How much will it cost to switch to wetshaving and what sorts of equipment are there?
To get started wetshaving, using what I mentioned as the minimum, you will need to purchase:
A Brush $6-$35
Brushes are of three kinds (as far as I can tell); Boar, Badger, and Synthetic. Boar bristles are cheaper than badger (and synthetic but I'll confine my talk to boar and badger) but not as soft on your face. I owned a boar for a couple of months and it did improve my shave, so I would say starting with a boar bristle brush is ok even though now that I have a badger I wouldn't want to switch back. You can get a board bristle brush at walgreens for about six dollars or a better one from proraso at target for 8 bucks. A starting badger brush like those sold at Crabtree and Evelyn start at about 35 dollars. I do not know much about the high end brush market so I won't speak to that end. From what I have found, the 35 dollar C&E brush will serve you for a very long time giving you luxurious shaves so its a good place to start (until you get SBAD or Shaving Brush Aquisition Disorder).
Shaving Cream/Soap $6-$20
I won't go into the differences between creams and soaps, mainly because I haven't paid much attention. I've used both and its harder to lather a soap. In either case you can get a tube of shaving cream starting around 6 dollars or a tube for about 10 dollars. If you want to splurge on a tub you can get them for about 15 dollars (shipping chargers vary). This is one area where wetshaving can be economical, I expect my twenty dollar tubs to last me at least five to ten times longer than a can at the store which can easily cost 5 or six dollars. For your money you get a cream that will feel much better on your face, improve your shave, and smell amazing. I highly recommend that a starter order samples from Scotto (http://badgerandblade.com/vb/showthread.php?t=2251) so they can toy with different scents before committing to a full tube. Scotto is prompt and has a wide variety of scents. Each sample looks like it will last me about five shaves (this may vary, Scotto says he gets a weeks shave from each sample) and at six samples for 20 dollars its a good way to figure out what you like (getting the right smelling cream can really set up your day nicely). I really like Taylor's soaps for lubrication and lather and the smell of lavendar, avocado, and rose are really really amazing.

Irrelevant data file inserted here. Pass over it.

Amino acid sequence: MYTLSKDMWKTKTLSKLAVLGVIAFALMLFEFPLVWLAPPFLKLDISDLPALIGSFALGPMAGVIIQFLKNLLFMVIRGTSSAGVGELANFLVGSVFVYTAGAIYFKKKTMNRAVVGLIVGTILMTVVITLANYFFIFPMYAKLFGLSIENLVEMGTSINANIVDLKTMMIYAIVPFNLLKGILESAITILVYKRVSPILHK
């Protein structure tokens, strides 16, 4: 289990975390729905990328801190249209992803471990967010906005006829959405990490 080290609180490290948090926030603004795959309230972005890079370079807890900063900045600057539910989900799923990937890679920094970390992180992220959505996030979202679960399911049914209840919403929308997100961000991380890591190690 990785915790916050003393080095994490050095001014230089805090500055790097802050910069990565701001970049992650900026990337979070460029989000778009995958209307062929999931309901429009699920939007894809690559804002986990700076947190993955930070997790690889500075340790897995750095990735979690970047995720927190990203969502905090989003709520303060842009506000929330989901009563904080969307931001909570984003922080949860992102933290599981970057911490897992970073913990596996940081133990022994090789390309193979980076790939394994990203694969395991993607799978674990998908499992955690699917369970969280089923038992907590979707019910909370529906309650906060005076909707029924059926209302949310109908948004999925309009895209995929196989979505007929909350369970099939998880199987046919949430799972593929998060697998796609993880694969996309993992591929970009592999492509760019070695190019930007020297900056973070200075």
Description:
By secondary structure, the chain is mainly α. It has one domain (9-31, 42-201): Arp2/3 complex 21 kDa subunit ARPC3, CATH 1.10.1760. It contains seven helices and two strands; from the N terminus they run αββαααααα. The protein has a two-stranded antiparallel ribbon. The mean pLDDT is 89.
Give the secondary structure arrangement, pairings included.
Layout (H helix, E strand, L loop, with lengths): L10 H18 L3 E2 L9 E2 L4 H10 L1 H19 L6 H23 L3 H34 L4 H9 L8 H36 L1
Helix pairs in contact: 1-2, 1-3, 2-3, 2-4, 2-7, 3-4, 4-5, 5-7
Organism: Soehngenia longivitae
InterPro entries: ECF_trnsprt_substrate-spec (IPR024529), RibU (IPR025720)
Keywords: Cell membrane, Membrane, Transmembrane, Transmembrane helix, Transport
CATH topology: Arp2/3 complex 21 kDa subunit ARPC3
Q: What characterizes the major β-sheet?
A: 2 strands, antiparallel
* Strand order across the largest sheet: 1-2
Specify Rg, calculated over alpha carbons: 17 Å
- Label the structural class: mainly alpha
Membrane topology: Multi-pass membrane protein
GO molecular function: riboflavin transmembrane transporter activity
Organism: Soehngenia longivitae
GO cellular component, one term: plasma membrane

Razor and Blades approx. $30
The most often recommended blade for new shavers is the Merkur HD or hefty classic. The razor will run you about 30 dollars at most places and blades are $4.50 for a ten pack. I currently use the merkur and so far it has served me really well. The rich newbie can start with something like the future or vision which is an adjustable razor. This allows you to control how much blade is exposed to your face. The HD doesn't have any settings, you put a blade in and tighten the razor to create the blade angle. However, you can still get a great shave without having to get an adjustable.
You may also be able to get a DE razor on ebay for cheaper, but I have not done any looking around.
Also, different blades will get you different shaves and match your face differently. I have yet to try anything but the Merkur blades and some crappy walgreen's brand DE blades but as most people will tell you, your best bet is to order a blade sample pack from LetterK (pm him). For under 20 bucks you can try the major quailty razor blades and make a decision from there.